On Christmas afternoon Lenny and I always like to go to a movie and eat Chinese food. This year, we ate Chinese (at Full Kee in High Point – delicious), but postponed seeing a movie.
One movie I’m anxious to see though is BIG EYES – the story of Walter Keane and his wife. If you’re over
55 or so, you might remember those sad big-eyed children’s faces and you
either loved them or hated them. Apparently enough people loved them
at the time to make Keane an extremely well known and successful
artist. Unfortunately, Walter wasn’t the artist – his wife was. He
convinced her no one would buy the art if it were done by a female
artist. She went along with the lie until he divorced her and she tried
to convince everyone of the truth. I won’t spoil the ending if you
haven’t seen it.
I was curious about other movies about artists, so I Googled it – Top Movies About Art or Artists.
There’s an important update to our previous blog, “The True Story of Monuments Men.” In the blog, I wrote about the real life heroes who worked tirelessly to restore and return to their rightful owners art stolen by the Nazis.
I mentioned the high-profile case of Cornelius Gurlitt, son of one of Hitler’s major art dealers. During a 2012 investigation over tax evasion, nearly 1,400 valuable pieces of art by Matisse, Chagall, Picasso and others were discovered in his Munich apartment.
I remember many years ago, Lenny and I went to MOMA for the first time. We stared incredulously at a canvas painted solid blue. As many neophytes say when they see an abstract, we declared “A child could do that!” and “How ridiculous for this to be hanging in a museum!”
I’m actually now a fan of abstract – although I still think the blue canvas was rather simplistic, for lack of a better word. In preparing for this blog, I Googled “Why paint an abstract?” and got some interesting answers:
We talked about Hats and about the life of Dr. Seuss in our last blog. Now, I want to focus on the art itself.
The Hat’s Off to Dr. Seuss and The Secret Art of Dr. Seuss Exhibition coming to The Art Shop April 4 – 19 features Illustration Art, Secret Art, his Taxidermy Collection as well as Bronzes honoring Seuss characters.
Seuss’s Illustration Art is exactly as it sounds – the art of Dr. Seuss from the books we read as kids, we read to our kids and now OUR KIDS are reading to THEIR KIDS.
“One fish, two fish, red fish, blue fish…” “I do not like that Sam-I-am!” “Hop. Pop. Hop on Pop.”
Unless you grew up under a rock, you know I’m quoting Dr. Seuss. I cannot hear those words without getting nostalgic. Lenny and I could probably recite most of his books by heart twenty-five years or so after we read them to our two children. Now, we love to read them to our granddaughter whenever we see her.
We are very excited to be hosting the “Hats Off to Dr. Seuss” exhibit from April 4 – 19 along with works from the Secret Art of Dr. Seuss collection. In celebration of the 75th anniversary of the publication of The 500 Hats of Bartholomew Cubbins, this is the first time in history the two collections are presented together. We are highly honored to be one of a limited number of stops for this traveling exhibit.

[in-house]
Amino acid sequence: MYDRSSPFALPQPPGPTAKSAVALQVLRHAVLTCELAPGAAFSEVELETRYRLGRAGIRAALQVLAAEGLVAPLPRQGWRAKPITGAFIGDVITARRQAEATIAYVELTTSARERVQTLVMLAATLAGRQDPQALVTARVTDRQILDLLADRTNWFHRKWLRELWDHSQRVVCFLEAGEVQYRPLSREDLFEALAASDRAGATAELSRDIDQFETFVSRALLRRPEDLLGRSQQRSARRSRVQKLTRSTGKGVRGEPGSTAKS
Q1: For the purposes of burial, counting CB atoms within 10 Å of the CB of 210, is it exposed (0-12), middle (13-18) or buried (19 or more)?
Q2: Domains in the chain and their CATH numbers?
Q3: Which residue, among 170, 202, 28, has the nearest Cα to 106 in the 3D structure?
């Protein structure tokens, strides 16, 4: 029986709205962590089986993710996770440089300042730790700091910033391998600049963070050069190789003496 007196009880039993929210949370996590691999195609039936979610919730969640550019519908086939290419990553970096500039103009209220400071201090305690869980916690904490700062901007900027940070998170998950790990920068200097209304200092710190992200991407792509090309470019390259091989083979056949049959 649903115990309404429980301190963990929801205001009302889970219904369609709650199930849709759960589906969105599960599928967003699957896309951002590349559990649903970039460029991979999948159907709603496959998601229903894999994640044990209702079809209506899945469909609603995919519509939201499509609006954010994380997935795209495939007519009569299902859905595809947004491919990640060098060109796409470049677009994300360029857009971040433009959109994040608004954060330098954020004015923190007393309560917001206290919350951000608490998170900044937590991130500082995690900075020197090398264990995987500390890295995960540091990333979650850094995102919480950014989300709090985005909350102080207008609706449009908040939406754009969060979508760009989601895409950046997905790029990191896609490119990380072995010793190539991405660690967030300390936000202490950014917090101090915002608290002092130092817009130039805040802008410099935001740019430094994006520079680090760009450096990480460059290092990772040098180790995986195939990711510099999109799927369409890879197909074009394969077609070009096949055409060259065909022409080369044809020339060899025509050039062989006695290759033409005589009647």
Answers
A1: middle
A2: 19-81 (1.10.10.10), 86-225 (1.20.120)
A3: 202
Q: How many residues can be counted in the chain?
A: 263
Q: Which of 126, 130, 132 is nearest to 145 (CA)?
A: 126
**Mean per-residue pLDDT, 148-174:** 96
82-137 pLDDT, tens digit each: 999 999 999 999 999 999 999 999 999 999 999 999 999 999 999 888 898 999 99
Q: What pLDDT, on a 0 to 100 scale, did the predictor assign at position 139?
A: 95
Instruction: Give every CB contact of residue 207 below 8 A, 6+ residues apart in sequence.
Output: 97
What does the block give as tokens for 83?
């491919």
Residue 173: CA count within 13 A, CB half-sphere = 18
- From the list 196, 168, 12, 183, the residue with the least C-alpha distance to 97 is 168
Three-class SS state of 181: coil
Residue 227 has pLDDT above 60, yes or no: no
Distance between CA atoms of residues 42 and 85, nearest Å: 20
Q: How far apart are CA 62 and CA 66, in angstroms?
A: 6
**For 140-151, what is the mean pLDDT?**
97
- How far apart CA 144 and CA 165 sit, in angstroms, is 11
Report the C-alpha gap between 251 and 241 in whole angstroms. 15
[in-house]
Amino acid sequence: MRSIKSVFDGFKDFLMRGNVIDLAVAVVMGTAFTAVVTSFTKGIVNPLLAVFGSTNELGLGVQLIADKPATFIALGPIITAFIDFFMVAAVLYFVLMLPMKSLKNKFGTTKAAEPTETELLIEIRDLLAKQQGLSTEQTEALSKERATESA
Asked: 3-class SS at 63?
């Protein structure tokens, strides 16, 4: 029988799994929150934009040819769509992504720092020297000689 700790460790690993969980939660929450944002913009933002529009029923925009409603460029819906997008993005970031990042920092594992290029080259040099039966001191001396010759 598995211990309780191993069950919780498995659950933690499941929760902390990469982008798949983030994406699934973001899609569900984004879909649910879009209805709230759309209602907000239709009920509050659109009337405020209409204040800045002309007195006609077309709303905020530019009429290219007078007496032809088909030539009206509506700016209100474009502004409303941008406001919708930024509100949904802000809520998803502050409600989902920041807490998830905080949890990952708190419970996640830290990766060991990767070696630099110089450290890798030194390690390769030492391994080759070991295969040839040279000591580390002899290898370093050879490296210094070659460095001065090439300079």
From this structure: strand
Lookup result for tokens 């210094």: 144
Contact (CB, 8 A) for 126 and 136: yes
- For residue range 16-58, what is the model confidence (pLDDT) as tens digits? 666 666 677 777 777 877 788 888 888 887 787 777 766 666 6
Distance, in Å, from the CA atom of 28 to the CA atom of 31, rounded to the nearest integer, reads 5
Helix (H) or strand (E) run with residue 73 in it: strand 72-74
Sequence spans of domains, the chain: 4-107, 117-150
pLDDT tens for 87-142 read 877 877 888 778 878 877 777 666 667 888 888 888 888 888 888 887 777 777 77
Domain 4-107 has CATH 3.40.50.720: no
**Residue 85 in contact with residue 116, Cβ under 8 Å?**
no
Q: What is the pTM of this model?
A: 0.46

…..And what does it have in common with cornflakes, silly putty, a slinky and chips?
A giclée is a reproduction technique in which an image is generated from a high-resolution digital scan and printed with archival quality inks onto various substrates including canvas, fine art and photo-based paper.
When Lenny and I decided to buy The Art Shop from his father, I worried what effect working together would have on our marriage. That was twenty-five years ago. We celebrated our thirty-eighth wedding anniversary last month, so my worries were obviously unfounded.
What about married artists painting together?
Winter is my least favorite season. I hate cold weather and I hate that it gets dark at so early. Maybe that’s what attracts me to one of our newest artists, Vadim Klevenskiy.
One look at his nearly photographic paintings of gorgeous flowers and I am transported to springtime. Janelle says when you view his paintings of crashing waves upon the sand, you can almost hear the sound. They are that incredible.
We’re often asked how we select the art that hangs in our
gallery. The simple answer is we select
what we think will sell. How do we know
that? Experience. That’s not to say we
haven’t made a few boo-boos over the years.
(There was that piece with the monkey sitting on a piano that stuck
around for a few years, but that was a long time ago. We finally sold
it/unloaded it to our sister-in-law who loves it.)
A recent article in THE ART NEWSPAPER talked about how
subject matter, color and shape all impact a painting’s market value. While
there are always exceptions to these rules, here are some of their findings:
.…does the price of the work increase in value?
question we get asked very often. The
answer is: Sometimes yes, sometimes no.